"Since 1981, the annual Black Maria Film and Video Festival, an international juried competition and award tour, has been fulfilling its mission to advocate, exhibit and reward cutting edge works from 

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National Poetry Month - 17th Annual Poets House Showcase

In celebration of National Poetry Month the Jefferson Market Library will be hosting the 17th Annual Poets House Showcase Saturday April 4 through Saturday April 11, 2009.

The only event of its kind, the annual Poets House Showcase is a free exhibit featuring all of the new poetry books and poetry-related texts published in the United States in a single year—with more than 2,000 titles on view (including volumes by individual authors, anthologies, biographies, critical studies, CDs and DVDs) from over 500 commercial, university and independent 

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This Day in History - Anatol Josepho

The photograph above is not Anatol Josepho. It is just one of the countless anonymous Photomatic photobooth photographs out there.Today marks the 115th anniversary of the birth of Anatol Josepho (March 31, 1894 - December 1980), Siberian immigrant and inventor of the photobooth. His

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Village Landmarks: The Old Grapevine Tavern

The Jefferson Market Branch of The New York Public Library has been meeting the informational needs of the people of Greenwich Village for over forty years. But one hundred years before the library, people in the neighborhood got their information from the Old Grapevine Tavern. Read More ›

Village Landmarks - Diane Arbus and 131 1/2 Charles Street

Today marks the 86th anniversary of the birth of photographer Diane Arbus.

Diane Nemerov was born in New York City on March 14, 1923. In 1941, at the age of 18 she married Allan Arbus who worked in the advertising department of her family’s store. She received a Graflex 6x9 camera the same year. They started working in fashion, with Allan at the camera and Diane as stylist and art director.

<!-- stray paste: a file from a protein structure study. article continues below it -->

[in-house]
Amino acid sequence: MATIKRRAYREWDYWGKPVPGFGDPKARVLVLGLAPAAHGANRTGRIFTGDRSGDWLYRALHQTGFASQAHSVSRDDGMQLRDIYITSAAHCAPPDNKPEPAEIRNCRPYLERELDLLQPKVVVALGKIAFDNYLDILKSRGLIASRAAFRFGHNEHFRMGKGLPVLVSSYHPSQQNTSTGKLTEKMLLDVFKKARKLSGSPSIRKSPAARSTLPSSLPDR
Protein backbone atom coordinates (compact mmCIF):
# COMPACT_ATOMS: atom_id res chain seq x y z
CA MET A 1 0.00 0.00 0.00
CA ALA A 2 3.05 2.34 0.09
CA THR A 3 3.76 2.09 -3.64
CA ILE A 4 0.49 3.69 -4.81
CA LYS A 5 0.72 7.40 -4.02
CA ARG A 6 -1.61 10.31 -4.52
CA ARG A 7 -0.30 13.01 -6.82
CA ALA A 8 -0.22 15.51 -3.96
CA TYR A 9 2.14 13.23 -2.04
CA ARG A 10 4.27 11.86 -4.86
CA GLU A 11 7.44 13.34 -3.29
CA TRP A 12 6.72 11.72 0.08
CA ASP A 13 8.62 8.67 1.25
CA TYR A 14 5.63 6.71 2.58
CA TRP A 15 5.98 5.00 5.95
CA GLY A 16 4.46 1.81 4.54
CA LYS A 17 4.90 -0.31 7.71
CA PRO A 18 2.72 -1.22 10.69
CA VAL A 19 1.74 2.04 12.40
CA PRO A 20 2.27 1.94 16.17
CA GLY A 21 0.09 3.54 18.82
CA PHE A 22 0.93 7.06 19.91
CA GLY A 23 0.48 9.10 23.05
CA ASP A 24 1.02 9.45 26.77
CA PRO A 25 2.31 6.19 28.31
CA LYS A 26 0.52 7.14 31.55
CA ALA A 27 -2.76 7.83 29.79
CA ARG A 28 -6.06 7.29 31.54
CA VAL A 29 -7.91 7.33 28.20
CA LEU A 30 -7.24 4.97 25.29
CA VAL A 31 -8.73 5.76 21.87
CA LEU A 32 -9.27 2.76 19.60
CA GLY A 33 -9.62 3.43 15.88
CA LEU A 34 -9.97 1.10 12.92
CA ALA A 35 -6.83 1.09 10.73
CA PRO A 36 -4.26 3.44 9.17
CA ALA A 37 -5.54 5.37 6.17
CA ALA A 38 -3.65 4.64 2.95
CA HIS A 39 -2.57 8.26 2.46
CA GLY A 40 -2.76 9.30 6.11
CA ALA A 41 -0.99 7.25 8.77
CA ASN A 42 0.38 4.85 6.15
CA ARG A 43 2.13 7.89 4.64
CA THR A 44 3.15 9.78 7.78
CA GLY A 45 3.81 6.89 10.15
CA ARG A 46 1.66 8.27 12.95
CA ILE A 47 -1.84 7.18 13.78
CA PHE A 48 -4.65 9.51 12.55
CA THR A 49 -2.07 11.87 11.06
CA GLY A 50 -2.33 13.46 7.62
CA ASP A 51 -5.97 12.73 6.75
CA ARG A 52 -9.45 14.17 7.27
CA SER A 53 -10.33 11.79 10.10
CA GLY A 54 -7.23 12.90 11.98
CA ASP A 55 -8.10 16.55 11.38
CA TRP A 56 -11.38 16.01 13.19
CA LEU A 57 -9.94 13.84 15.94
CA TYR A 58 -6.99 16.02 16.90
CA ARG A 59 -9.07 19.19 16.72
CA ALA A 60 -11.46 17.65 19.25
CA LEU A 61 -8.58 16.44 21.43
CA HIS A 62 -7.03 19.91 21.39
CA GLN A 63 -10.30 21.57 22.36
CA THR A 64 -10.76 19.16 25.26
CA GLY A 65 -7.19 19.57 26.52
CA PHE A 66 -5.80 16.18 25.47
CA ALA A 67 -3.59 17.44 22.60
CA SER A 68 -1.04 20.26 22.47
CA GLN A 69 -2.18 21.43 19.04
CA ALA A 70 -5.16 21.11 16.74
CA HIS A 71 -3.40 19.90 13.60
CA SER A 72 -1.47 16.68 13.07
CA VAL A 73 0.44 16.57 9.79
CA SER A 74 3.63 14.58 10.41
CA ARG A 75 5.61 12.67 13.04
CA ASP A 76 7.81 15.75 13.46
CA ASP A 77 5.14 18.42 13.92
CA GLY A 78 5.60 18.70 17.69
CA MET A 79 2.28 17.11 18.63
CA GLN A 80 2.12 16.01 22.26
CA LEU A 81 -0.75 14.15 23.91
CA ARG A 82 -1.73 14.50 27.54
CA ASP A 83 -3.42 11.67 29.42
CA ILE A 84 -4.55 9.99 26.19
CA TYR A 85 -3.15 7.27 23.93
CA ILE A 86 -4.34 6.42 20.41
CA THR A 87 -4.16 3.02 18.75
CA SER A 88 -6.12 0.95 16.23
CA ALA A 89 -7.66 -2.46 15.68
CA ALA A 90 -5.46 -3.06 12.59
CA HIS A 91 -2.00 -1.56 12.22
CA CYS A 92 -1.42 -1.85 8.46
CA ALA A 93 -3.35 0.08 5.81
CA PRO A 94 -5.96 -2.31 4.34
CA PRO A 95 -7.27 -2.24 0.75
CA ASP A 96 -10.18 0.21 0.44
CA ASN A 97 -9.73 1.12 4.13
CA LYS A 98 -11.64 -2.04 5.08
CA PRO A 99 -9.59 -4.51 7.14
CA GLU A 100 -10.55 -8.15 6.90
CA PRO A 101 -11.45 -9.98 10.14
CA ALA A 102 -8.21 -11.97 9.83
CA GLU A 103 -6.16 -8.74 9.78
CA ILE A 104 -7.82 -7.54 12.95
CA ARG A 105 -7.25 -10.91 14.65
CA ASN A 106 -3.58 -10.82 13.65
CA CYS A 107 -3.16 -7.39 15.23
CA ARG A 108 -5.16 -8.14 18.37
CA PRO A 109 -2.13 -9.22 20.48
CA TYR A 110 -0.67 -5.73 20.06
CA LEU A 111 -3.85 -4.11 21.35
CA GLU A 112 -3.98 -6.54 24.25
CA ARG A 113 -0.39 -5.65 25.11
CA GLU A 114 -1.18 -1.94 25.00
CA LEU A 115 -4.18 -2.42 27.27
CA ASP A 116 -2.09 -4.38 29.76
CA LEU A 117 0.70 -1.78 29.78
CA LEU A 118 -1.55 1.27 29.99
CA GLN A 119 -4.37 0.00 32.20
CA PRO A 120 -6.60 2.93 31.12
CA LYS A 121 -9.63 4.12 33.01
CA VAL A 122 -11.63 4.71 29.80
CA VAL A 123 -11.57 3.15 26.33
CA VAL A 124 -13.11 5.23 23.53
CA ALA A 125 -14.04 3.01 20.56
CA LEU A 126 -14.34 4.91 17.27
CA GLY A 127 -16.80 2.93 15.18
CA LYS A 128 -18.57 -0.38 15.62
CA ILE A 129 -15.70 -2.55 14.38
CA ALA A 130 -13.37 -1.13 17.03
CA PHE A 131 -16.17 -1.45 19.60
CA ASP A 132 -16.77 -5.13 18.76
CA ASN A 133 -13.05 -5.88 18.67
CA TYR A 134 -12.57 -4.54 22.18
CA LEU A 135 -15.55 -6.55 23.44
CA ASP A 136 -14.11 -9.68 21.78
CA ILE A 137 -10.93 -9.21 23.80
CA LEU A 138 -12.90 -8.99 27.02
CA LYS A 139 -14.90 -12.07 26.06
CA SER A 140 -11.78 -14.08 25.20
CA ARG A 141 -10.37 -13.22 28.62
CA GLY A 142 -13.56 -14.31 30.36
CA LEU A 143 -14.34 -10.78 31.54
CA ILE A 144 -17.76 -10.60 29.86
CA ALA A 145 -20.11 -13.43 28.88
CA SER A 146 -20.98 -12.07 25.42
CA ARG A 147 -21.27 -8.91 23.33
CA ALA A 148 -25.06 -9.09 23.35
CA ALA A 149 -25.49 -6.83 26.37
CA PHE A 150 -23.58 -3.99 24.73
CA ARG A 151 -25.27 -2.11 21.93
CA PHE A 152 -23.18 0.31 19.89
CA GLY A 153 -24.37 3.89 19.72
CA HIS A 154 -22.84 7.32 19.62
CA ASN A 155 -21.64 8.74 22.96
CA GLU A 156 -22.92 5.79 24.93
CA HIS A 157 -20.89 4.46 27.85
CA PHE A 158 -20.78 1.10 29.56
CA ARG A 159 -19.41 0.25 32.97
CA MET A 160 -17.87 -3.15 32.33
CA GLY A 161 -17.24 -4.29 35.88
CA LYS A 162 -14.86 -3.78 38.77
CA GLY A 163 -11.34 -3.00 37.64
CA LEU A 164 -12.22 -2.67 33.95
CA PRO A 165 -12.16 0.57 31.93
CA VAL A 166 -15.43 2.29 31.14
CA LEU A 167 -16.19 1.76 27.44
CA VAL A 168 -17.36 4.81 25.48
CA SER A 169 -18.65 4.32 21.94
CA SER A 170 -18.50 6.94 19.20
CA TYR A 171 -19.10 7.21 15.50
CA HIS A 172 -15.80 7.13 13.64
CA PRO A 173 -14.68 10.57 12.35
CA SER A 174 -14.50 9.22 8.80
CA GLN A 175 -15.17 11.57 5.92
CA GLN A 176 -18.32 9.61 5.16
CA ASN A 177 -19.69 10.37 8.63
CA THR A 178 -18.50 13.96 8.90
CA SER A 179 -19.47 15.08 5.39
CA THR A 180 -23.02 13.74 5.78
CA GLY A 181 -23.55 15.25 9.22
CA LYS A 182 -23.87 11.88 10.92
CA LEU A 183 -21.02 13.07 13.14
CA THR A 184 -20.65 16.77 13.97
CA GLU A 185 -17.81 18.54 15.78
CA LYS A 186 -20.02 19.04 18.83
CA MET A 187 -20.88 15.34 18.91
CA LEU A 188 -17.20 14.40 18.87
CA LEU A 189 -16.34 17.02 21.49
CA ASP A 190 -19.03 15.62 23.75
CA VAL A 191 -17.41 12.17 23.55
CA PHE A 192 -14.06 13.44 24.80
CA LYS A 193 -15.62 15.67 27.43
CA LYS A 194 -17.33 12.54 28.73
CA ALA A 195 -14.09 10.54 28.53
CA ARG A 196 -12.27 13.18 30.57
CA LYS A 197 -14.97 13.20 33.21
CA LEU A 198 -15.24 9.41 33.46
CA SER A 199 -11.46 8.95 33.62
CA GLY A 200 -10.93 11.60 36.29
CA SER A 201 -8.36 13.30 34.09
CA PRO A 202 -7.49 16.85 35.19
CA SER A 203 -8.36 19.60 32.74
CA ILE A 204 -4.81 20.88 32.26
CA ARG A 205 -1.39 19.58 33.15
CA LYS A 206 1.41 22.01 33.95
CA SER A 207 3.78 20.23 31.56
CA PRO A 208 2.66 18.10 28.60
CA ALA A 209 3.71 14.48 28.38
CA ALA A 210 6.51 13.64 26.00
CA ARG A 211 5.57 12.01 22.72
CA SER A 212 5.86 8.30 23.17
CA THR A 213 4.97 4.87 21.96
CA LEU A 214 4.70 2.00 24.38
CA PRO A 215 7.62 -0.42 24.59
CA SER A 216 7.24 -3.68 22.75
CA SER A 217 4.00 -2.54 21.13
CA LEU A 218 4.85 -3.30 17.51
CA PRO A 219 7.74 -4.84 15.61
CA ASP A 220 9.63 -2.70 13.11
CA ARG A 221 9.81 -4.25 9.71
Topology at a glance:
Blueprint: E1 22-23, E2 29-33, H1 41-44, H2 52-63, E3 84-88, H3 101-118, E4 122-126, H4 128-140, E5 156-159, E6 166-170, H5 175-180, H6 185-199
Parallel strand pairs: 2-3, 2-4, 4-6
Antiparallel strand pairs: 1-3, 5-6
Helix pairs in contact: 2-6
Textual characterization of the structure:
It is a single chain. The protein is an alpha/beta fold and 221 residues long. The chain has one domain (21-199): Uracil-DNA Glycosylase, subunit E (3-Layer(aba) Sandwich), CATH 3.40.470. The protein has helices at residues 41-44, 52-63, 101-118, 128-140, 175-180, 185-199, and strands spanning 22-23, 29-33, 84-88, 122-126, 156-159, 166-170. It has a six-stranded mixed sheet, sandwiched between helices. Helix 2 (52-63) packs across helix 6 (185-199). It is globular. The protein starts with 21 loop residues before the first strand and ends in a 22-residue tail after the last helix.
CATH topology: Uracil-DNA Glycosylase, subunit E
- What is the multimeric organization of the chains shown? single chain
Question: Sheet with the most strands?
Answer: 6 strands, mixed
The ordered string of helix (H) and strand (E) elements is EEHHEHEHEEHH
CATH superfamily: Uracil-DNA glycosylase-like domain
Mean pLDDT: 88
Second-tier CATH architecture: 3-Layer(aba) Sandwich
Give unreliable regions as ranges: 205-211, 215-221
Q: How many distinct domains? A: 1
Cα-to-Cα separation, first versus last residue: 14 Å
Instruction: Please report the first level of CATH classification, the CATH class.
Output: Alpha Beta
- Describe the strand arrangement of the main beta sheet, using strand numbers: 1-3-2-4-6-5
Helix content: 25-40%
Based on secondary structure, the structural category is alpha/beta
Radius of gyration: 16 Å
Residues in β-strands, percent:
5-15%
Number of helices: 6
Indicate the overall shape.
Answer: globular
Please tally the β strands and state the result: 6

She began to work independently in 1957 and after separating from her husband in 1959 (he later went on to become an actor) she moved to a rear carriage house at

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Movies at Jefferson Market & My Never-Ending Jazz Checklist

Film noir is the theme for Jefferson Market’s Monday night films this month. We’ll start the series with Fritz Lang’s Hangmen Also Die. Please take a look at The New York Public Library’s online calendar for our other upcoming films.

We’ll also have a special non-noir Saturday film screening of Blithe Spirit on March 21, 2009 at 2pm. Based on the play by

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There’s more to life than books, you know, but not much more…

I just finished Malcolm Gladwell’s new book Outliers. I also recently booked (through the summer) films for Jefferson Market’s Monday night film screenings, including some great music documentaries in February. I’ve been thinking about both Outliers and music a lot recently.

On Monday February 2nd at 6PM we are showing Let’s Get Lost,

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Literary Landmarks in the Village: "Where the Wild Things Are"